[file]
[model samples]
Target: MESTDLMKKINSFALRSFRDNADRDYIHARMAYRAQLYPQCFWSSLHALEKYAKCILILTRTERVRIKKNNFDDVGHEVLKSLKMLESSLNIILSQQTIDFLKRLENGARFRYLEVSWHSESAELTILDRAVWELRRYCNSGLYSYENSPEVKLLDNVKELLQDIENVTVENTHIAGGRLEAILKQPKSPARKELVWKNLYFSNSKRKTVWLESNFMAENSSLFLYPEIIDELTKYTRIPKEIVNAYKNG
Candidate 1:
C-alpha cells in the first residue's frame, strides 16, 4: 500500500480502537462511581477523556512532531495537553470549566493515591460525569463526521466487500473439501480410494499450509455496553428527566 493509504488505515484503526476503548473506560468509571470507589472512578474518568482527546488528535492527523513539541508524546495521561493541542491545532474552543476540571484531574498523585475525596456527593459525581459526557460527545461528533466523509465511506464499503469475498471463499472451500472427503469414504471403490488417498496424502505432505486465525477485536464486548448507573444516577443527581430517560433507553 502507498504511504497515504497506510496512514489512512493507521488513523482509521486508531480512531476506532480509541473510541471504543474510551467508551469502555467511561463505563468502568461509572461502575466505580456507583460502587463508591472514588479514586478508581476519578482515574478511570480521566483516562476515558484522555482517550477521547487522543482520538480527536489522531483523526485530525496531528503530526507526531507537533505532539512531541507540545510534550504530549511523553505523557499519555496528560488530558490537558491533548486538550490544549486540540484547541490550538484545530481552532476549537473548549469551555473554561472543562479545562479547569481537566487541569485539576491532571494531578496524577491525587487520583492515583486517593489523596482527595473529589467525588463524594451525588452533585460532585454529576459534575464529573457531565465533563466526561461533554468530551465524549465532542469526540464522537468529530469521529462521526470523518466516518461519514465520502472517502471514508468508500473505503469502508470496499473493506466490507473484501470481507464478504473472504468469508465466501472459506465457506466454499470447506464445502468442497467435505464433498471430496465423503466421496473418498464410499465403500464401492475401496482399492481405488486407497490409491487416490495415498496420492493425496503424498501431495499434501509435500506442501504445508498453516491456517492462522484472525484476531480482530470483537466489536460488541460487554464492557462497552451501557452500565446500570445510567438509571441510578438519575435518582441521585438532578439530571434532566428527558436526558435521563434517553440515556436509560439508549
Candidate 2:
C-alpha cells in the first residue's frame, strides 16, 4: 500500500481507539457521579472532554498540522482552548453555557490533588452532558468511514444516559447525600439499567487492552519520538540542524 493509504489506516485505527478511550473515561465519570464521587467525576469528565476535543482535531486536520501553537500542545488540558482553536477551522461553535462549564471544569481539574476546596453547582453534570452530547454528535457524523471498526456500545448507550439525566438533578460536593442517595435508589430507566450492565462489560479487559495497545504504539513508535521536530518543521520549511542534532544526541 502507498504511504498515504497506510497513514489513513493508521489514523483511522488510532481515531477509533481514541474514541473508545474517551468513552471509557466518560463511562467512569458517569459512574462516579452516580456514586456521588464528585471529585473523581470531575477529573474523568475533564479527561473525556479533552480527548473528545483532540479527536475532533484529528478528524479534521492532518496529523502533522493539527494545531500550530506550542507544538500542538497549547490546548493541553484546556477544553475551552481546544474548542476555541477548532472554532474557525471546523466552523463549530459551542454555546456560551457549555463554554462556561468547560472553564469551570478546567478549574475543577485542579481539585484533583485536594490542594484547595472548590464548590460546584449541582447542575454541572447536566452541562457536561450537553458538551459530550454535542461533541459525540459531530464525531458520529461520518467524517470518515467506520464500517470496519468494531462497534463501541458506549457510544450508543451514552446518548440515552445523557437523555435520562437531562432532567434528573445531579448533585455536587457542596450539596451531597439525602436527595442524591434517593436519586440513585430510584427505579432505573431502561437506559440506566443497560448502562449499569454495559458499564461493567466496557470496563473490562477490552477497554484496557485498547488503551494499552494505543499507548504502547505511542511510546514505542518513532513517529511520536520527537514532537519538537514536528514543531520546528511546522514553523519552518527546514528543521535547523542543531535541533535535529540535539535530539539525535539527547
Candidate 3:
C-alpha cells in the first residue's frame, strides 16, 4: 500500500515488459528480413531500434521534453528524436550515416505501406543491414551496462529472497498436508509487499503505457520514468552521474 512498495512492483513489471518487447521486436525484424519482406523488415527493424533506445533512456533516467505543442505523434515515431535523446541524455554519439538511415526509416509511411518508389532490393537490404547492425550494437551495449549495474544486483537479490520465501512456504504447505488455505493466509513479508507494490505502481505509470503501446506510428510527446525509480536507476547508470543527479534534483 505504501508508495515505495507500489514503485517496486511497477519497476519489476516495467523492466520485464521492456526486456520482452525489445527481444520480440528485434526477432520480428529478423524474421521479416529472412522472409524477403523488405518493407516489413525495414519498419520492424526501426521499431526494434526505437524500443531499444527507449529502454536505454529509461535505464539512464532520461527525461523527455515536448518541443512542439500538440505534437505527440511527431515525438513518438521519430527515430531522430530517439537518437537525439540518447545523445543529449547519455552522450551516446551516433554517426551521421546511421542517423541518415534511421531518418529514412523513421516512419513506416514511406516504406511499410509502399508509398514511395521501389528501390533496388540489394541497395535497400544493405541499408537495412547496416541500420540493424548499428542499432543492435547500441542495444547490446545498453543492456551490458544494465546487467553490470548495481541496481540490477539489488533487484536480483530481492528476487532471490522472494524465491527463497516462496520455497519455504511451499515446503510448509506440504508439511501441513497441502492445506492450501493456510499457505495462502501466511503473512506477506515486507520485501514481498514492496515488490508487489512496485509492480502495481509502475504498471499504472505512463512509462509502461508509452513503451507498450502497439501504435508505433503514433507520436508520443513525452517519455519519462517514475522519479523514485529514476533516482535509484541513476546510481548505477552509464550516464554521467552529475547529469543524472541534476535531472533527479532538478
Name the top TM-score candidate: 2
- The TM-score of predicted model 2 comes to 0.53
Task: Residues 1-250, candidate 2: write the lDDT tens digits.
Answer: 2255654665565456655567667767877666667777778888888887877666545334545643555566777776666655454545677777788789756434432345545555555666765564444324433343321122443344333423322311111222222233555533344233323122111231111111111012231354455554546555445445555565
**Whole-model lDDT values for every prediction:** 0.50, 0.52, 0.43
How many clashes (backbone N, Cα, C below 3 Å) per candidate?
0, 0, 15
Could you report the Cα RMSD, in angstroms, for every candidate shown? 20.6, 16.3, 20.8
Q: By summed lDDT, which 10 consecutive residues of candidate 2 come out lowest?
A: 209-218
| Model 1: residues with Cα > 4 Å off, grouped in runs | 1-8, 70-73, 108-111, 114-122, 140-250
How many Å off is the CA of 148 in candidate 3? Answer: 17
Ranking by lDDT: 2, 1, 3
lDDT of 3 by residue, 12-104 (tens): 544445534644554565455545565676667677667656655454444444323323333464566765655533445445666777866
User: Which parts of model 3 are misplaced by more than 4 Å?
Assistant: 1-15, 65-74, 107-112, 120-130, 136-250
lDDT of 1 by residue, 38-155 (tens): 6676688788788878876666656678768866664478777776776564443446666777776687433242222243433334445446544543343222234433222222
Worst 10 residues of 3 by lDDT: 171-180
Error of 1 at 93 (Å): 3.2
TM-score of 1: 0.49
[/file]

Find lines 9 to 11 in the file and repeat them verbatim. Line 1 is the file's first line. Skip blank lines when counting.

Name the top TM-score candidate: 2
- The TM-score of predicted model 2 comes to 0.53
Task: Residues 1-250, candidate 2: write the lDDT tens digits.